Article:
St. Paul, in today's Apostolic reading, gives us the attitude we must have in these Godless days. His words do not fall gently on the ear. They strike against our inclination for getting along with others and not making waves; yet, as I said, we are not living in ordinary times:

Take up all God's armour, then; so you will be able to stand your ground when the evil time comes, and be found still on your feet, when all the task is over. Stand fast, your loins girt with truth, the breastplate of justice fitted on, and your feet shod in readiness to publish the gospel of peace. With all this, take up the shield of faith, with which you will be able to quench all the fire-tipped arrows of your wicked enemy; make the helmet of salvation your own, and the sword of the spirit, God's word (Eph. 6:13-17).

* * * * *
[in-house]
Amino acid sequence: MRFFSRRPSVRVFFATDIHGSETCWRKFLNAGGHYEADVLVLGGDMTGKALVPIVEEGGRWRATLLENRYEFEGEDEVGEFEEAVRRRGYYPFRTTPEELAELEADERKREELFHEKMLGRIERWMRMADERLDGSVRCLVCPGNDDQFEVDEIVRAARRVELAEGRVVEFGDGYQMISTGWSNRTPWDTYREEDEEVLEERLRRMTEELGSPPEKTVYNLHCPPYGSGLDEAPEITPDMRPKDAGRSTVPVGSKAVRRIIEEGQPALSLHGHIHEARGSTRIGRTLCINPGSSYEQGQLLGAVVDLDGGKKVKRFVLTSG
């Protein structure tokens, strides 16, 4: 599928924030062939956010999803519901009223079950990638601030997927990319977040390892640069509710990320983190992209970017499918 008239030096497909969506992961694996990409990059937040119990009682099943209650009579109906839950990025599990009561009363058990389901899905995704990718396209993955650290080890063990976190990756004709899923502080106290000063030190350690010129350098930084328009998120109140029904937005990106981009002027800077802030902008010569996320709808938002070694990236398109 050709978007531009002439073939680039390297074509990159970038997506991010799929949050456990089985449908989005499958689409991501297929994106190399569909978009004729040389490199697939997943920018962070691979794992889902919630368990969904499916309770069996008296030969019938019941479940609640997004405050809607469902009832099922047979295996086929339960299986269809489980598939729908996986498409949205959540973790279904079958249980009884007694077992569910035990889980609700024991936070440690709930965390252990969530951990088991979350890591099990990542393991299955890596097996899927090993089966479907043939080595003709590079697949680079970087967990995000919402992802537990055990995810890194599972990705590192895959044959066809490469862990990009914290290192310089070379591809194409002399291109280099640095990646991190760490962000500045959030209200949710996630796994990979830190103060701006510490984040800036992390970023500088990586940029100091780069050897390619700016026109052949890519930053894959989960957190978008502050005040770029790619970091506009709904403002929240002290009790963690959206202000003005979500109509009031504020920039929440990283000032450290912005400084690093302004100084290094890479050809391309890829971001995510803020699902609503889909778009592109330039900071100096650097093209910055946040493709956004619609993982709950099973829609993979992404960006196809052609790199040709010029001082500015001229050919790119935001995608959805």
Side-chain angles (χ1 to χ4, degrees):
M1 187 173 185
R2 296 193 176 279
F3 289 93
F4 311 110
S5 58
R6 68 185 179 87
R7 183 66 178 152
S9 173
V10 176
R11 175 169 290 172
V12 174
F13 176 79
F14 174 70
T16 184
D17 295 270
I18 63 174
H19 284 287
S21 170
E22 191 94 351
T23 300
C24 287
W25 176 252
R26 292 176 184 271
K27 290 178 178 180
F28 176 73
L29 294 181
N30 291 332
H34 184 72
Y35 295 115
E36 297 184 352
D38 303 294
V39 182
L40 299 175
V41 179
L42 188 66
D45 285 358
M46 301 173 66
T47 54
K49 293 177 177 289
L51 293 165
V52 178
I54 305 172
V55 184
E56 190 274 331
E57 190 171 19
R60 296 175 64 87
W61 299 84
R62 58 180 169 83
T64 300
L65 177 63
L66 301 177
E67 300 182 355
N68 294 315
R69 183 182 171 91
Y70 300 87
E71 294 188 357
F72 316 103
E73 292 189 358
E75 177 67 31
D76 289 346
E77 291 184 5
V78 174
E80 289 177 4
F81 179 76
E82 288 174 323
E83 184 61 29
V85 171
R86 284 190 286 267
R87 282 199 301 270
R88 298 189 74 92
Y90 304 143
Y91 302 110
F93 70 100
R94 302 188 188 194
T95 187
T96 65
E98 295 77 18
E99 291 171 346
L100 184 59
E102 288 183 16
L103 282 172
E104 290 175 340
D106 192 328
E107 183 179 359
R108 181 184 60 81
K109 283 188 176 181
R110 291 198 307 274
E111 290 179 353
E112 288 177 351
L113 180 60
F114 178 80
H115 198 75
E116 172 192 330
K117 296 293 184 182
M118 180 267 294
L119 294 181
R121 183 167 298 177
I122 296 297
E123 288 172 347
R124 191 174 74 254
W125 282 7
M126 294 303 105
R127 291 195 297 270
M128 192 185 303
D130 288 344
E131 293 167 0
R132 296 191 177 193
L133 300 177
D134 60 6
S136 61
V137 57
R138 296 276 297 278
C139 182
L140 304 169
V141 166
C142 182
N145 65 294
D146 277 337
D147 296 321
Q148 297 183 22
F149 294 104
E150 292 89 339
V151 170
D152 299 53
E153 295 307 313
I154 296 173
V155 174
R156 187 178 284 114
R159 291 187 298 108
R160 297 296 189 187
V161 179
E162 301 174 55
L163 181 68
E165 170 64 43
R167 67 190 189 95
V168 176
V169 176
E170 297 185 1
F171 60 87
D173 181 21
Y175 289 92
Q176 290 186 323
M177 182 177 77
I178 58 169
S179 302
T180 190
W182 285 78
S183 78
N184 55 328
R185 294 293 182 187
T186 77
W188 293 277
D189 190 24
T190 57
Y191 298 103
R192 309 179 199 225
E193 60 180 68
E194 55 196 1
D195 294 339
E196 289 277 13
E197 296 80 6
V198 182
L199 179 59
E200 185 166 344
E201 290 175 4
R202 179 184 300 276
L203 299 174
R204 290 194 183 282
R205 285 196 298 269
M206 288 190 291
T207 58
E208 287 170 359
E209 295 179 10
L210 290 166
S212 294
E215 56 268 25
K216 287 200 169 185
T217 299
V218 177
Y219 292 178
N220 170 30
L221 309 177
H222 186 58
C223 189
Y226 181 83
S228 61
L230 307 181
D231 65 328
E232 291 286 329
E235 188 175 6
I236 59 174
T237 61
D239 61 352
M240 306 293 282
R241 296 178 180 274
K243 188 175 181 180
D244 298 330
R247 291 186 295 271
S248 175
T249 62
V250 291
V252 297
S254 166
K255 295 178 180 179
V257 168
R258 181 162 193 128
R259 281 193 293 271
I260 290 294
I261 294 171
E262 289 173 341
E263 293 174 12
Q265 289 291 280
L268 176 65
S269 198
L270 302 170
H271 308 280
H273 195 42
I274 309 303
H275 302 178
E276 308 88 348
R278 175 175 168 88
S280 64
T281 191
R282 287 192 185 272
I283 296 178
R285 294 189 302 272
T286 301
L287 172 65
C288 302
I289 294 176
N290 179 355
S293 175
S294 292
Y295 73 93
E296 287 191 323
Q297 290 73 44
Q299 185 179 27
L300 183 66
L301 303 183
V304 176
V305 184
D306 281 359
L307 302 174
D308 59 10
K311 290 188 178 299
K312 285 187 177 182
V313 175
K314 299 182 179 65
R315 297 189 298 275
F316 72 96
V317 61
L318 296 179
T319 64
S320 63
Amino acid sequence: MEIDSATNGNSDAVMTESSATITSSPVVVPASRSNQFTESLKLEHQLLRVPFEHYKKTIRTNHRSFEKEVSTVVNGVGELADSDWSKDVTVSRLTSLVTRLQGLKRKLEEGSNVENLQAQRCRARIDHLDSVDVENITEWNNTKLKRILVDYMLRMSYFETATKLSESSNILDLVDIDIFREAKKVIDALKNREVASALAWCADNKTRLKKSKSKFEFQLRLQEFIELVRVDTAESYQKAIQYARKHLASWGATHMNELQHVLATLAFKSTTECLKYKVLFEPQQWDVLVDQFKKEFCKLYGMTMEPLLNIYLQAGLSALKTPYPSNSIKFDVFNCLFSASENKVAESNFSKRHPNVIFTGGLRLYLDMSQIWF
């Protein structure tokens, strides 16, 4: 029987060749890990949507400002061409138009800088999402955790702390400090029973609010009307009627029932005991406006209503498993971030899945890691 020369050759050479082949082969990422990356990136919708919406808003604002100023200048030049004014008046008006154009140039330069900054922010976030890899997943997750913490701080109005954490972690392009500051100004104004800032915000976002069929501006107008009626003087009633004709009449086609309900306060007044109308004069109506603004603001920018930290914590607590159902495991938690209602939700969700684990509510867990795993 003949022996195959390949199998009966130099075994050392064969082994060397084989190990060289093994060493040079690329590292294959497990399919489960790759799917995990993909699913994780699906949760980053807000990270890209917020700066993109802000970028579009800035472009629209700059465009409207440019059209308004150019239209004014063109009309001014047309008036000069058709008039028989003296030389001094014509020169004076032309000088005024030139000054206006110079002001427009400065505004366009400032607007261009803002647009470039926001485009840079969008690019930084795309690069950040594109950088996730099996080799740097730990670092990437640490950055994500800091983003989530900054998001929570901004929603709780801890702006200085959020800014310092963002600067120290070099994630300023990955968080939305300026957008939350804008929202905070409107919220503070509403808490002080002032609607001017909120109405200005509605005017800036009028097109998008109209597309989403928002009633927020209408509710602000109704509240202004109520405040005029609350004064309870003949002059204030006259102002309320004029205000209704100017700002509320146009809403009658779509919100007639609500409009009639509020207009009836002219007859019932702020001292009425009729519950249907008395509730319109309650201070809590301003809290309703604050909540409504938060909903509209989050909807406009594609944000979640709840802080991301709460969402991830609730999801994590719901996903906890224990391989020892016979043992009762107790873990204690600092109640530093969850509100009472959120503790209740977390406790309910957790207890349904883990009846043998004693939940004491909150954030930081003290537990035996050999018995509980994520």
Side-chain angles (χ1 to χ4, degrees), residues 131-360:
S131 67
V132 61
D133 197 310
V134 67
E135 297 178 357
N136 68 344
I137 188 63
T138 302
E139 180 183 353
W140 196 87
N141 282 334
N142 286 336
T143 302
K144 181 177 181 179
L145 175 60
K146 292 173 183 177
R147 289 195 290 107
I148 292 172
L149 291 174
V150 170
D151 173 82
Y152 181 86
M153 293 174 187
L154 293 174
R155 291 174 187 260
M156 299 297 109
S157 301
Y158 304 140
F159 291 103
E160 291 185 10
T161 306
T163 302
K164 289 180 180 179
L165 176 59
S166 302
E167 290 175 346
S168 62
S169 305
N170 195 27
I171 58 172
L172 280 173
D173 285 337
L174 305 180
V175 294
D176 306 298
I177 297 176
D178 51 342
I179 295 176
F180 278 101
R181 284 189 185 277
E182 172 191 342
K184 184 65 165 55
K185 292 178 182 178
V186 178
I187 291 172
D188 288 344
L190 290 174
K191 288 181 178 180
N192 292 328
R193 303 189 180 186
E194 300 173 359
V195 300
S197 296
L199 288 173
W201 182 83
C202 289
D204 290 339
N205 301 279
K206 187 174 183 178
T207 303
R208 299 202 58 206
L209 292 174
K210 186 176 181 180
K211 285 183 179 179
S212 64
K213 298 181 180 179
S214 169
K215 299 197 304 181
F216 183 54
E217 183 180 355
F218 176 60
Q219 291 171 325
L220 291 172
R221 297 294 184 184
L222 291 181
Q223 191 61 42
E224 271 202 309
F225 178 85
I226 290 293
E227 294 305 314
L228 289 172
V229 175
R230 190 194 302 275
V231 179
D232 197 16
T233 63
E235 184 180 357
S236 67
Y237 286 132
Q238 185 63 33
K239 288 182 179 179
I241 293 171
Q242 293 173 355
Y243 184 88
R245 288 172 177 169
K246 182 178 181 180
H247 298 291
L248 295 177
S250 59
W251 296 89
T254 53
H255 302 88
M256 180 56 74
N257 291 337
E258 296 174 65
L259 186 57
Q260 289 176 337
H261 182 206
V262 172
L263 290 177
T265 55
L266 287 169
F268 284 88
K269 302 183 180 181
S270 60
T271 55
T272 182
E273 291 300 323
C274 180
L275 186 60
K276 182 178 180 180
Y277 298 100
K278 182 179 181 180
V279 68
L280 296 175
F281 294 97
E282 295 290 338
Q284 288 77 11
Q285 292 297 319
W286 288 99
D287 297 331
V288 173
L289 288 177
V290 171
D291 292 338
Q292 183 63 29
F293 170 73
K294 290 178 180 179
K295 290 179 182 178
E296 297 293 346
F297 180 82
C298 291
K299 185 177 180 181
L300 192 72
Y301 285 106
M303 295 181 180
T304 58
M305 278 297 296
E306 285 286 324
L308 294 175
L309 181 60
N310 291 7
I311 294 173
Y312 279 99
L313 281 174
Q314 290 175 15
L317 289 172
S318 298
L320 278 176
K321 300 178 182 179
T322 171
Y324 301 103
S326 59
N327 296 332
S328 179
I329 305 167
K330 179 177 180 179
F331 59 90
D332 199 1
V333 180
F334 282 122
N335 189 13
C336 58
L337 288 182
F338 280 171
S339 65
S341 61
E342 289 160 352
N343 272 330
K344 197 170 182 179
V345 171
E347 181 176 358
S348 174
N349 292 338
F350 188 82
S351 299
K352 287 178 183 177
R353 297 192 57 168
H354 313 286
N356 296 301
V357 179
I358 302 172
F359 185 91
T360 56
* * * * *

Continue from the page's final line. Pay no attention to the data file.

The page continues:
Father Michael Venditti

* Due to the "Lucan Jump" rule, the Gospel of the 28th Sunday after Pentecost would be read today, except that this Gospel is always read on the Sunday of the Holy Ancestors, the second Sunday before Christmas; therefore, the Gospel that would be read on that Sunday in the post-Pentecost cycle is read today. It is ordinarily the Gospel for the 30th Sunday after Pentecost.